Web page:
Three major Nordic pension funds have backed a $1bn (€886m) capital raising for Swedish lithium-ion battery maker Northvolt, led by Goldman Sachs and Volkswagen.Sweden’s AMF and Denmark’s ATP announced investments of SEK740m (€69m) and DKK650m (€87m) respectively in the start-up company, which said it would use the equity to “enable Europe’s first homegrown gigafactories for lithium-ion batteries”.Folksam, the Swedish pensions and insurance group, said it put SEK200m into the company via the capital raising.With debt financing to be provided by the European Investment Bank and other lenders, Northvolt said funding was in place to set up the initial 16 gigawatt hours of lithium-ion battery cell manufacturing capacity at its Northvolt Ett factory. Construction of the the factory in Skellefteå in north-east Sweden was due to start in August, with production scheduled to begin in 2021, it said.#*#*Show Fullscreen*#*# An artist’s impression of the Northvolt Ett factoryUlrik Weuder, head of alternative investments at ATP, said: “With the investment in Northvolt, we can be involved in promoting the development of a green car industry and create a good return for our members – that is a match we really like.”He said the car industry was undergoing a transformation and both the development of and demand for electric cars was rising strongly, which increased the need for lithium batteries.Weuder said that, with the local hydro-electric power plant providing electricity for Northvolt’s battery production, the CO2 burden of the development was being significantly reduced.Tomas Flodén, AMF’s CIO, said the pension fund aimed to be a long-term owner of Northvolt, after taking a 5% stake. “It feels particularly good to be part of a Swedish industrial investment of this size,” he said. “The investment has the potential to be good not only for our savers, but also for Sweden at large.”Michael Kjeller, Folksam’s CIO, added: “The investment will yield profits economically, environmentally as well as for the local community.”Folksam said the investment would be divided equally within the group between the life and pensions arm Folksam Liv, non-life arm Folksam Sak and the pension fund KPA.Other investors in Northvolt included German carmaker BMW and the IMAS Foundation, a sister foundation to the INGKA Foundation, the indirect owner of IKEA.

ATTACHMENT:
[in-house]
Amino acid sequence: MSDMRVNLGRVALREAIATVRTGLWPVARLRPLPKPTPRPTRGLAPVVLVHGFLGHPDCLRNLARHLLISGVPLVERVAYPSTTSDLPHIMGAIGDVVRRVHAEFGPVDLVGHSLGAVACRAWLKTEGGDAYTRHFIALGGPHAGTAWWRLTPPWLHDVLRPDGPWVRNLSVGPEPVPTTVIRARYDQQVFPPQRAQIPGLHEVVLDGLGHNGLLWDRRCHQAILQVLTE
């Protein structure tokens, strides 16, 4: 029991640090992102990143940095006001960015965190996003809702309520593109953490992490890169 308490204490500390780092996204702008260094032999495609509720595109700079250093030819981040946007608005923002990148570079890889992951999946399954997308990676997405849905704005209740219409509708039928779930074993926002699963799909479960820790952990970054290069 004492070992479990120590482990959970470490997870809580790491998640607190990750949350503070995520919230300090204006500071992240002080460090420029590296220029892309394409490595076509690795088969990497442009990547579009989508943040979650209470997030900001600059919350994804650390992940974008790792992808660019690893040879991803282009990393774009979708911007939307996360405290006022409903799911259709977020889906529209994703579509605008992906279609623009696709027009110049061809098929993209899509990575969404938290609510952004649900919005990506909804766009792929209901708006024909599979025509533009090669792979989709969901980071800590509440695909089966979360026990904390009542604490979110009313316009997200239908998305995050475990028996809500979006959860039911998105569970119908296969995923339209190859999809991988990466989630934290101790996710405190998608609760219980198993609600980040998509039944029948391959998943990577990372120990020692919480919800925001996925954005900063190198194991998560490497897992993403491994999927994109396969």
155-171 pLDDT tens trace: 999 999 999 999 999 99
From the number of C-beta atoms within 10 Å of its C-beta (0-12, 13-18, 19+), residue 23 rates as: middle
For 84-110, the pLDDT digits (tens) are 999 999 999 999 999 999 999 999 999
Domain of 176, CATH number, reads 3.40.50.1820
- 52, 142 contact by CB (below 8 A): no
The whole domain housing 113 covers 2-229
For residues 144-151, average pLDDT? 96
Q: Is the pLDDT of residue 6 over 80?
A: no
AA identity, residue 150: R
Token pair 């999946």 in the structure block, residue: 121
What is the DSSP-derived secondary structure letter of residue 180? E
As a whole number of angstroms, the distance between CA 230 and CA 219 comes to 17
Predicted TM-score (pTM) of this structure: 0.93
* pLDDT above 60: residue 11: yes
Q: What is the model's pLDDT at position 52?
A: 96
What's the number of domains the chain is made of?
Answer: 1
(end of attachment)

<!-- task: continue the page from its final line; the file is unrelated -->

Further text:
Nudgee Place is just one block away from being snapped up, after strong buyer demand has seen the community almost completed within just a couple of years.A development in Nudgee is just one block away from being snapped up, after strong buyer demand has seen the community almost completed within just a couple of years. NEXT GENERATION SUBURB CREATES BUYER BUZZ Konnect Group director and marketing agent Alexander Klibschon said the development was made up of two sites, what were once semirural properties, one a hobby farm, one a horse property“It took just one year for all 29 blocks, ranging in size from 418sq m to 1.2ha, in the first stage to sell and settle.“Sales and marketing commenced mid-2016 and 100 per cent were sold and settled by June 2017,” Mr Klibschon said.The second and final stage is just one block away from being completely sold and settled.“Sixty-six blocks, ranging in size from 405sq m to 3023sq m, went on sale in April 2017,” he said.“Sixty-five have sold and settled and just one is left for sale.” More from newsParks and wildlife the new lust-haves post coronavirus17 hours agoNoosa’s best beachfront penthouse is about to hit the market17 hours agoFamilies have seen great value in Nudgee Place.Mr Klibschon said house and land packages started from the low $600,000’s and the highest house and land sale was $1,245,000, which was well under construction with completion due before Christmas.“Demand has been overwhelming as it represented phenomenal value.” >>FOLLOW EMILY BLACK ON FACEBOOK<< Mr Klibschon said both sites backed on to Nundah Creek and were surrounded by protected environmental zones and green open space.“Development involved rehabilitation and rejuvenation of 1.6ha of land for green space,” he said.“One hectare of turf was planted as well as over 74,000 natives, tubestock and mature.“Both stages have larger rural lots within them, maintaining a connection between smaller lot residential housing with surrounding larger rural use blocks.”Mr Klibschon attributed the community’s success to the proximity of Brisbane’s CBD, the fact that it had easy access to Gateway Motorway and was a short drive to Brisbane Airport.“It was also the proximity to major employment hubs — the airport and Port of Brisbane (AKA Australia TradeCoast), as well as having Australian Catholic University, Banyo Retail Centre, Nudgee Beach and local parks,” he said.“Roughly 75 per cent of sales to owner occupiers, mix of first home buyers, second and third home buyers, downsizers.”